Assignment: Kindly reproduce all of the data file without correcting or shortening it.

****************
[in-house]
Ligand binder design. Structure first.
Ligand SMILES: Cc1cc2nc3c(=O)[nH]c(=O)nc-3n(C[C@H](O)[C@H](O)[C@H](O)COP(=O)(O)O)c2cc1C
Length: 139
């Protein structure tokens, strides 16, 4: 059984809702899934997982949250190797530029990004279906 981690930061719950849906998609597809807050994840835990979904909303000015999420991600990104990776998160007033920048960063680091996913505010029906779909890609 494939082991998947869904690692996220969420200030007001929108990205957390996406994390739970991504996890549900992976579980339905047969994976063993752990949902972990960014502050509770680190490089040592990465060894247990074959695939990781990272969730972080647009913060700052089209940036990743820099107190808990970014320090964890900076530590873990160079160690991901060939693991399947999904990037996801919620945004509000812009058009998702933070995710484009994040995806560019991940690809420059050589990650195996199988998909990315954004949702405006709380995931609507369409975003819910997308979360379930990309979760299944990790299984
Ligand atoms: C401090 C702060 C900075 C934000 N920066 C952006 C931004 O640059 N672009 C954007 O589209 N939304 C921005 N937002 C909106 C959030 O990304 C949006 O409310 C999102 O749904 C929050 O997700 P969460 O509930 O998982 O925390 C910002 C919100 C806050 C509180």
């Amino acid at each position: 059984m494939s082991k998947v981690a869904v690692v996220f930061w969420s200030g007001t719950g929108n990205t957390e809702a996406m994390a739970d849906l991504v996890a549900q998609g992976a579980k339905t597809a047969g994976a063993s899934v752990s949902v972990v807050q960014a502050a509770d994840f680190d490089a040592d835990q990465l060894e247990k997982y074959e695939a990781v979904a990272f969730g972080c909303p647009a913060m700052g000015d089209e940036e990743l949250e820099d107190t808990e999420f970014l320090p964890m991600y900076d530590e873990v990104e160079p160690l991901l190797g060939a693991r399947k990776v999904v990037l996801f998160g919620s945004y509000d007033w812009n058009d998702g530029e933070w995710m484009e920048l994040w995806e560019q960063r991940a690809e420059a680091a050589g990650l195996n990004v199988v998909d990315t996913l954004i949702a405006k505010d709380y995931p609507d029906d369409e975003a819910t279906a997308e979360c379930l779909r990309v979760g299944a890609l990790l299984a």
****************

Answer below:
[in-house]
Ligand binder design. Structure first.
Ligand SMILES: Cc1cc2nc3c(=O)[nH]c(=O)nc-3n(C[C@H](O)[C@H](O)[C@H](O)COP(=O)(O)O)c2cc1C
Length: 139
């Protein structure tokens, strides 16, 4: 059984809702899934997982949250190797530029990004279906 981690930061719950849906998609597809807050994840835990979904909303000015999420991600990104990776998160007033920048960063680091996913505010029906779909890609 494939082991998947869904690692996220969420200030007001929108990205957390996406994390739970991504996890549900992976579980339905047969994976063993752990949902972990960014502050509770680190490089040592990465060894247990074959695939990781990272969730972080647009913060700052089209940036990743820099107190808990970014320090964890900076530590873990160079160690991901060939693991399947999904990037996801919620945004509000812009058009998702933070995710484009994040995806560019991940690809420059050589990650195996199988998909990315954004949702405006709380995931609507369409975003819910997308979360379930990309979760299944990790299984
Ligand atoms: C401090 C702060 C900075 C934000 N920066 C952006 C931004 O640059 N672009 C954007 O589209 N939304 C921005 N937002 C909106 C959030 O990304 C949006 O409310 C999102 O749904 C929050 O997700 P969460 O509930 O998982 O925390 C910002 C919100 C806050 C509180």
């Amino acid at each position: 059984m494939s082991k998947v981690a869904v690692v996220f930061w969420s200030g007001t719950g929108n990205t957390e809702a996406m994390a739970d849906l991504v996890a549900q998609g992976a579980k339905t597809a047969g994976a063993s899934v752990s949902v972990v807050q960014a502050a509770d994840f680190d490089a040592d835990q990465l060894e247990k997982y074959e695939a990781v979904a990272f969730g972080c909303p647009a913060m700052g000015d089209e940036e990743l949250e820099d107190t808990e999420f970014l320090p964890m991600y900076d530590e873990v990104e160079p160690l991901l190797g060939a693991r399947k990776v999904v990037l996801f998160g919620s945004y509000d007033w812009n058009d998702g530029e933070w995710m484009e920048l994040w995806e560019q960063r991940a690809e420059a680091a050589g990650l195996n990004v199988v998909d990315t996913l954004i949702a405006k505010d709380y995931p609507d029906d369409e975003a819910t279906a997308e979360c379930l779909r990309v979760g299944a890609l990790l299984a």